Books and so much more at the 29th Philippine Bookfair
The 29th Philippine Bookfair at the SM Mall of Asia SMX Convention Center is, as usual, a treasure trove with rich pickings with more than just lots and lots of books on sale. Given the limited time we had to get an overview of this year's bookfair, we tried to cover as much of the sprawling trade area which occupies Halls 1-4 of the SMX ground floor as we could. (The 29th Philippine Bookfair is ongoing until September 16, 2008)
First of all, you simply must get a map of the venue's layout for easier navigation through the trade fair; there are more than 300 booths and having the map (They hand it out at the entrance--be sure to ask for it.) certainly saves you time and energy.
We recommend that you visit first the National Book Development Board exhibit at Aisle A Booth Number 33. Why? Simply because as reader and buyer of books, it's good to be made aware of what the NBDB is actually doing to promote reading in the Philippines.
Ironically, it is during the Philippine Bookfair, when book lovers from all over gather to indulge their literary passions, that we can be blind to the reality that the Philippines is not a nation of readers. While the Philippine Bookfair has been successful enough to be an annual event over nearly three decades, there are millions upon millions of Filipinos who do not read books for many different reasons.
The NBDB has several projects ongoing to encourage people, especially the young, to get into the reading habit.
One of these projects is the "Tulaan Sa Tren" project where posters showing excerpts of poems by acclaimed Filipino poets (including Jose Corazon de Jesus, Rio Alma, Cirilo Bautista, Benilda Santos, Marjorie Evasco, Jose Lacaba, Vim Nadera and Conchitina Cruz) are displayed inside the Light Rail Transit coaches plying the Monumento-Baclaran route.
The LRT coaches will also play recordings of celebrities reading the poems. These celebrities include Edu Manzano, Miriam Quiambao, Nikki Gil, Matt Evans, Lyn Ching-Pascual, Romnick Sarmienta, Rhea Santos, Christine Bersola-Babao, Chin-Chin Gutierrez and Harlene Bautista. The "Tulaan sa Tren" is the brainchild of NBDB Executive Director Andrea Pasion-Flores, a lawyer and a published short story writer as well.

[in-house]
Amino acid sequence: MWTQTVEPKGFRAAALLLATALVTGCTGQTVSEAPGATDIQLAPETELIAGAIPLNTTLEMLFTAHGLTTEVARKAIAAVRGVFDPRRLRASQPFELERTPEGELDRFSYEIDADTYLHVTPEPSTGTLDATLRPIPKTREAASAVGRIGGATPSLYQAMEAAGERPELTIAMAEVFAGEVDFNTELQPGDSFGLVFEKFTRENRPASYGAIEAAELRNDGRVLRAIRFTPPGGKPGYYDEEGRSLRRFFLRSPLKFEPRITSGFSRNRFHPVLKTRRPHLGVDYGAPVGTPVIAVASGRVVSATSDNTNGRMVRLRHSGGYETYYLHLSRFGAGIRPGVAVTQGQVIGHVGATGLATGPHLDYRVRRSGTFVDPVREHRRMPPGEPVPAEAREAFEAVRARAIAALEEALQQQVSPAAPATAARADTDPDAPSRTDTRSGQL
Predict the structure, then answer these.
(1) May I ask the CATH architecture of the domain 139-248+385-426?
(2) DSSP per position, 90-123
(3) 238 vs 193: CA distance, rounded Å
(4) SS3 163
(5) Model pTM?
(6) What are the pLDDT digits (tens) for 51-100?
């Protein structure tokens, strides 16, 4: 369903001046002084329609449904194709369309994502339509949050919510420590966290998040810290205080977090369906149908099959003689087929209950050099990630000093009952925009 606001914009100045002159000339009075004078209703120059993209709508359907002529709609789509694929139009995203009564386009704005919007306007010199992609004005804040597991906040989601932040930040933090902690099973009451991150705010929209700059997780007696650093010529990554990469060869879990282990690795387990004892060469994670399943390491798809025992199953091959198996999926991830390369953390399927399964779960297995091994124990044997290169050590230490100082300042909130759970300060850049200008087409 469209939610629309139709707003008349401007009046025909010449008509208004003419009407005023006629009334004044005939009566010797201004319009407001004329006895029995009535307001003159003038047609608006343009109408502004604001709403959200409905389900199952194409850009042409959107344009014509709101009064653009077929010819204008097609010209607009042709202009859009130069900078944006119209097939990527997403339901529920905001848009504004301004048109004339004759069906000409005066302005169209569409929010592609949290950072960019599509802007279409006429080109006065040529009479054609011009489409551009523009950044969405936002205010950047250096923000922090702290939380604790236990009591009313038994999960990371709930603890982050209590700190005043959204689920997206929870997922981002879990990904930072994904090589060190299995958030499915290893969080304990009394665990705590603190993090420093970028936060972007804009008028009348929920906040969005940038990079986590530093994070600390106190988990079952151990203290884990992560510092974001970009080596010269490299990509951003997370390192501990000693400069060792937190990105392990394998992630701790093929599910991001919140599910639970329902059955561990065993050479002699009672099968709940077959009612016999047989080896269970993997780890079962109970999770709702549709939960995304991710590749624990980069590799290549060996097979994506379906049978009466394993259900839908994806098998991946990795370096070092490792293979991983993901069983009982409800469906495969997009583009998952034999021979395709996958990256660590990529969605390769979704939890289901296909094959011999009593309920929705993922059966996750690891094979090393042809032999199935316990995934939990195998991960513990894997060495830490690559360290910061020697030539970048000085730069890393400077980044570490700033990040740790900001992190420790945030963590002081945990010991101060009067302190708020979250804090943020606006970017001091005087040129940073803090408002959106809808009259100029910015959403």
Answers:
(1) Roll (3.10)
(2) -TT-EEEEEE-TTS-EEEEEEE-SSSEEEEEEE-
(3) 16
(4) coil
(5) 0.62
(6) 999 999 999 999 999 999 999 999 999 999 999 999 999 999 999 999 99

So check out the NBDB booth to learn more about how you can help "infect" others with your love for reading.
It makes sense: How could somebody like God pass up the chance to get his book out at the Philippine Bookfair? Not that He's such a desperate publisher/author: His Holy Bible is still the Number One Best-Selling Book in the world, with 6 billion copies sold.
Why is the Bible is such a best-seller? Marketing. Looking at the piles and piles of Bibles at the bookfair, it seems that God's Marketing Department has got everything covered in terms of niche marketing: there seems to be every type of Bible for every type of individual on Earth.
Here's a partial list: The Back Pack Bible (Grab It and Go!);The World's Smallest Bible; The Holy Bible in CD-ROM; The Kids' Bible; The For Girlz Only Bible; and the The Self-Confessed Sex Addict Like Michael Douglas and David Duchovny Bible (vacuum-wrapped in latex)
We also noticed that the Christian booksellers are now selling books with rather edgy topics and titles. We saw Christian self-help books with titles like "What Women Wish Men Knew About Sex" (and all along we thought men didn't know anything else but) and "Don't Go Out on A Date Naked".
We never knew that nude dating among Christians had become a problematic phenomenon--it must be an attempt to re-acquire the blissful state of innocence of the Garden of Eden amongst those in the Christian Dating Scene.
The creeping Christianization of the Philippine Bookfair doesn't end there: We were always taught for thousands of years that Jesus Christ is our Savior. It appears that he really is and in more ways than one.
Get ready for this: A 1-Gigabyte USB flash drive in the shape of a Cross is available at the Catholic Book Center at Booth 202 Aisle H. On the outside, the flash drive looks like an ordinary wooden Cross pendant. You pull off the base, however, and seemingly miraculously, it turns into a Data Savior.
Jesus really saves--even your data. We were told, perhaps jokingly, that this Cross-and-flash drive is always virus-free.
The Cross USB flash drive also has a built-in Penance Software: in case you download pornographic words and images into it, the Penance Software turns all your data into Hail Mary's and Apostles' Creeds.
Seriously though, the Cross USB looks useful enough to ward off vampires while saving your digital files at the same time. One can imagine Van Helsing plugging one into Dracula's notebook PC just for laughs.
Van Helsing: "Hey, dude, sorry I left my flash drive plugged into your ASUS Eee PC. Could you hand it over here, please?"
Dracula: "Sure, no prob... gyeaaarrrggh! My hand! It's on fire!"
This year's bookfair also has a variety of events scheduled at various meeting rooms and function rooms in the SMX. From story-telling sessions to writing seminars to book launchings, there's an entire slew of reading and writing related events and seminars at the bookfair. (For a list of these events go to www.manilabookfair.com)